This article appeared online at TheNewAmerican.com on Tuesday, May 16, 2017:

North Korea and weapons of mass destruction

While the is focusing most of its attention on North Korea’s missile tests, it is largely ignoring what some are calling the rogue nation’s real : using one or both of its two present satellites hovering over the United States to launch an EMP (electromagnetic pulse) instead.

One of those scoffing at the very idea of EMP attack from North Korea is Jeffrey Lewis, who blogs in favor of nonproliferation at his site “Arms Control Wonk.” On National Public Radio in April, Geoff Brumfiel asked him: “Could North Korea really do this?” Lewis laughed, responding, “This is the favorite nightmare scenario of a small group of very dedicated people.”

Dr. Peter Vincent Pry, chief of staff of the Congressional Commission to Assess the Threat to the United States from Electromagnetic Pulse (EMP) Attack, warned on Monday: “Although North Korea, Russia and China have all made nuclear threats against the United States recently, in the case of North Korea and Russia repeatedly, most analysts dismiss these as mere ‘bluster’ and ‘nuclear sabre rattling’, not to be taken seriously.” Pry disagrees.

Currently the executive director of the EMP Task Force on National and Homeland Security, Pry has served on numerous congressional commissions, and prior to that he was an intelligence officer with the (CIA), responsible for analyzing Soviet and Russian nuclear strategy.

In March, Pry and James Woolsey, former director of the CIA, penned an op-ed at TheHill.com. They noted, first of all, that North Korea has the present capability of launching an EMP attack over the North American continent: “The notion that North Korea is testing A-Bombs and H-Bomb components but does not yet have the sophistication to miniaturize warheads and make reentry vehicles for missile delivery is absurd…. North Korea should be regarded as capable of delivering by satellite a small nuclear warhead, specially designed to make a high-altitude electromagnetic pulse (EMP) attack against the United States. According to the Congressional EMP Commission, a single warhead delivered by North Korean satellite could black out the national electric grid and other life-sustaining critical infrastructures for over a year — killing 9 of 10 Americans by starvation and societal collapse.”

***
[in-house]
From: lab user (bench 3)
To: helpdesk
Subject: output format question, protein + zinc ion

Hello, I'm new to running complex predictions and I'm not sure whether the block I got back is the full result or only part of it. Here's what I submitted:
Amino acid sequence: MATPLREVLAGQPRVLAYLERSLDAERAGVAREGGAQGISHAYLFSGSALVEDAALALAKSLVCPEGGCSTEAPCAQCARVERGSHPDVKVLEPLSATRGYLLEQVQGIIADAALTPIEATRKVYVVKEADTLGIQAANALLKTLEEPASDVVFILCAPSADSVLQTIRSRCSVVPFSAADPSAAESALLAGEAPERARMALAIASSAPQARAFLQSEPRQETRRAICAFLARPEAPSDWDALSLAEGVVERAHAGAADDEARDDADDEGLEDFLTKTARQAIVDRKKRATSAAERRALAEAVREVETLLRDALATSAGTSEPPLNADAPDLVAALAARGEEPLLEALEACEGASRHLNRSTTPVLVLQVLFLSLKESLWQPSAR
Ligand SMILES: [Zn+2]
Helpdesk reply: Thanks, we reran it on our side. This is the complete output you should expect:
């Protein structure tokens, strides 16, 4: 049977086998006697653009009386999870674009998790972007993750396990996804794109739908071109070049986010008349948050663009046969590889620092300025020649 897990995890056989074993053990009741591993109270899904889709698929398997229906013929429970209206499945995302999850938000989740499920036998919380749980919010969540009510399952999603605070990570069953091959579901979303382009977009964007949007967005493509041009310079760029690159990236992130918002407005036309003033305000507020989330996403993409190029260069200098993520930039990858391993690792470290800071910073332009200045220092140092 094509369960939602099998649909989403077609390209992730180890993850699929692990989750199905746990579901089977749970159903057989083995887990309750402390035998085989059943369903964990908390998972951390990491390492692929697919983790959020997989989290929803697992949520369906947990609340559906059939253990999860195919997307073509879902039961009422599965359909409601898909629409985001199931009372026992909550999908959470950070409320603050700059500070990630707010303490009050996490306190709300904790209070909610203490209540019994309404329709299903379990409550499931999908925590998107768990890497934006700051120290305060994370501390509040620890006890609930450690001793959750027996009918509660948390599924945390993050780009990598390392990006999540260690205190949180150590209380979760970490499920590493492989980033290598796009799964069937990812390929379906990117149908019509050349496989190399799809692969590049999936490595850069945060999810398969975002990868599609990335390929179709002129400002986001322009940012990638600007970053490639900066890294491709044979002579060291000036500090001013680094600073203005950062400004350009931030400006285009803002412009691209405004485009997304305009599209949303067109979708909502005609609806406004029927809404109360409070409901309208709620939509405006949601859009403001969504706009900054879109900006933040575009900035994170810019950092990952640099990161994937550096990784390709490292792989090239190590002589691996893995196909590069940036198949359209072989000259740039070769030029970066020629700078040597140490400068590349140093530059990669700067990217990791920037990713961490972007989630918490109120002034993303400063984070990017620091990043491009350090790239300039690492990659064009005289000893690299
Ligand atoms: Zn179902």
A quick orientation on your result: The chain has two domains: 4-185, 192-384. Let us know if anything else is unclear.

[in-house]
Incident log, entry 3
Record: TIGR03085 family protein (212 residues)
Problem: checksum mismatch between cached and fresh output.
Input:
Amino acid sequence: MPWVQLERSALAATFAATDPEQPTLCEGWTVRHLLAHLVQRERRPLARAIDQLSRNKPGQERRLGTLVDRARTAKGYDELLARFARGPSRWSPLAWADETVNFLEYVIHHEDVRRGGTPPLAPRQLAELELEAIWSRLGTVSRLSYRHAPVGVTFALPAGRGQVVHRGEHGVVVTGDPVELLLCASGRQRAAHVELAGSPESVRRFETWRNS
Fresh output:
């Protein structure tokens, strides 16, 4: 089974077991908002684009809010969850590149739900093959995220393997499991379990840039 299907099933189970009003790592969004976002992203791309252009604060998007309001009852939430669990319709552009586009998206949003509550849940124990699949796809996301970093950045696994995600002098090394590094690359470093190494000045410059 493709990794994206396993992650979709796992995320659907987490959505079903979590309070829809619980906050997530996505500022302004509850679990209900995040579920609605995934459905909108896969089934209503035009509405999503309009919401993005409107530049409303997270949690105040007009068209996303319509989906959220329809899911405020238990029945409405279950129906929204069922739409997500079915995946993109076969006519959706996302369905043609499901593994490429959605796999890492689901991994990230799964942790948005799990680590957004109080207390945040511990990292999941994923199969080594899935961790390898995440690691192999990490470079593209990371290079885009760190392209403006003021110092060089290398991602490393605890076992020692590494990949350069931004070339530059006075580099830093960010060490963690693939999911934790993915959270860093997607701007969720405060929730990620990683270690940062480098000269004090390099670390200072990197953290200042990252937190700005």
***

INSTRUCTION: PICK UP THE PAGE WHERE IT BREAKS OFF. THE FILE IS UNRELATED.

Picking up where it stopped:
This brought an immediate response from Kyle Mizokami, a writer for Popular Mechanics. While admitting that North Korea does pose a nuclear threat to the United States, he said that an EMP attack killing 90 percent of the population “is not realistic.” Mizokami referred to one of many apocalyptic novels that have been spawned over such concerns, including one of the best known, William R. Forstchen’s 2011 science-fiction novel One Second After.

Fortschen’s novel, though fiction, was based squarely on (as noted in its endnotes) a 2004 report from the EMP Commission. From that report: “The high-altitude nuclear weapon-generated electromagnetic pulse (EMP) is one of a small number of threats that has the potential to hold our society seriously at risk and might result in defeat of our military forces…. The electromagnetic fields produced by designed and deployed with the intent to produce EMP have a high likelihood of damaging electrical systems, electronics, and information systems upon which American society depends. Their effects on dependent systems and infrastructures could be sufficient to qualify as catastrophic to the Nation.”

Presciently, the report added: “Terrorists or state actors may well calculate that, instead of destroying a city or military base, they may obtain the greatest political-military utility from one or more such weapons by using them — or threatening their use — in an EMP attack. The current vulnerability of US critical infrastructure can both invite and reward [such an] attack.”

Could North Korea be one of those “state actors”? James Oberg thinks so. Oberg, a former and U.S. Space Command official and an expert on Russian and Chinese space programs, wrote in the Washington Examiner in February of a trip he made to North Korea back in 2012: “There have been fears expressed that North Korea might use a satellite to carry a small nuclear warhead into orbit and then detonate it over the United States for an EMP strike. These concerns seem extreme and require an astronomical scale of irrationality on the part of the regime. The most frightening aspect, I’ve come to realize, is that exactly such a scale of is now evident in the rest of their ‘space program.’”

Like Pry, Oberg is no lightweight. His career spanned 22 years with NASA, where he specialized in orbital rendezvous. He has testified frequently before Congress, was a space correspondent for UPI, ABC, and MSNBC and is now a commentator for NBC News, the Discovery Channel, and the BBC.

Pry ended his article ominously: “Some analysts think the world is on the threshold of a “new nuclear age” where Cold rules and assumptions about deterrence no longer apply and the likelihood of nuclear use is greatly increasing. The first nation to use nuclear weapons today — even a rogue state like North Korea or Iran — will immediately become the most feared and most credible nuclear power in the world, a formidable force to be reckoned with, and perhaps the dominant actor in a .”

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